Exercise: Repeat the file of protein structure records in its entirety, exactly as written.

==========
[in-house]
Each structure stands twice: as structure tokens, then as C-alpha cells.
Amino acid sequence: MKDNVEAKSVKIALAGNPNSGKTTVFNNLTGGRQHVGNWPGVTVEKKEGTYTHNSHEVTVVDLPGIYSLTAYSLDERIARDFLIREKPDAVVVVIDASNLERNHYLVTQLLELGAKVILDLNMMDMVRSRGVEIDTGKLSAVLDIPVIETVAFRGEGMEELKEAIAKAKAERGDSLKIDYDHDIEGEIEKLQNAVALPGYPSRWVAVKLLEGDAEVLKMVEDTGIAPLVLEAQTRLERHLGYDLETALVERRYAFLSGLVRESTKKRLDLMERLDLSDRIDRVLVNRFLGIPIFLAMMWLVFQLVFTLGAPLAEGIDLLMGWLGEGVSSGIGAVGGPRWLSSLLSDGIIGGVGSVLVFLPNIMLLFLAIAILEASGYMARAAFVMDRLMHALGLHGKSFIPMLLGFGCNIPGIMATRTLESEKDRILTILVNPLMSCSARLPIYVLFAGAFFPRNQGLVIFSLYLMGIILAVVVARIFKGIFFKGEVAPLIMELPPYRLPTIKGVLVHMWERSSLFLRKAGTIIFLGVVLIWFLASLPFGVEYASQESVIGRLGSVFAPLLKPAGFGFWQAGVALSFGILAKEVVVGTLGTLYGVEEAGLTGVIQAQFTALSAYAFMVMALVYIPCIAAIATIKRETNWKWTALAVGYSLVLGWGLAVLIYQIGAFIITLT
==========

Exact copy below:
[in-house]
Each structure stands twice: as structure tokens, then as C-alpha cells.
Amino acid sequence: MKDNVEAKSVKIALAGNPNSGKTTVFNNLTGGRQHVGNWPGVTVEKKEGTYTHNSHEVTVVDLPGIYSLTAYSLDERIARDFLIREKPDAVVVVIDASNLERNHYLVTQLLELGAKVILDLNMMDMVRSRGVEIDTGKLSAVLDIPVIETVAFRGEGMEELKEAIAKAKAERGDSLKIDYDHDIEGEIEKLQNAVALPGYPSRWVAVKLLEGDAEVLKMVEDTGIAPLVLEAQTRLERHLGYDLETALVERRYAFLSGLVRESTKKRLDLMERLDLSDRIDRVLVNRFLGIPIFLAMMWLVFQLVFTLGAPLAEGIDLLMGWLGEGVSSGIGAVGGPRWLSSLLSDGIIGGVGSVLVFLPNIMLLFLAIAILEASGYMARAAFVMDRLMHALGLHGKSFIPMLLGFGCNIPGIMATRTLESEKDRILTILVNPLMSCSARLPIYVLFAGAFFPRNQGLVIFSLYLMGIILAVVVARIFKGIFFKGEVAPLIMELPPYRLPTIKGVLVHMWERSSLFLRKAGTIIFLGVVLIWFLASLPFGVEYASQESVIGRLGSVFAPLLKPAGFGFWQAGVALSFGILAKEVVVGTLGTLYGVEEAGLTGVIQAQFTALSAYAFMVMALVYIPCIAAIATIKRETNWKWTALAVGYSLVLGWGLAVLIYQIGAFIITLT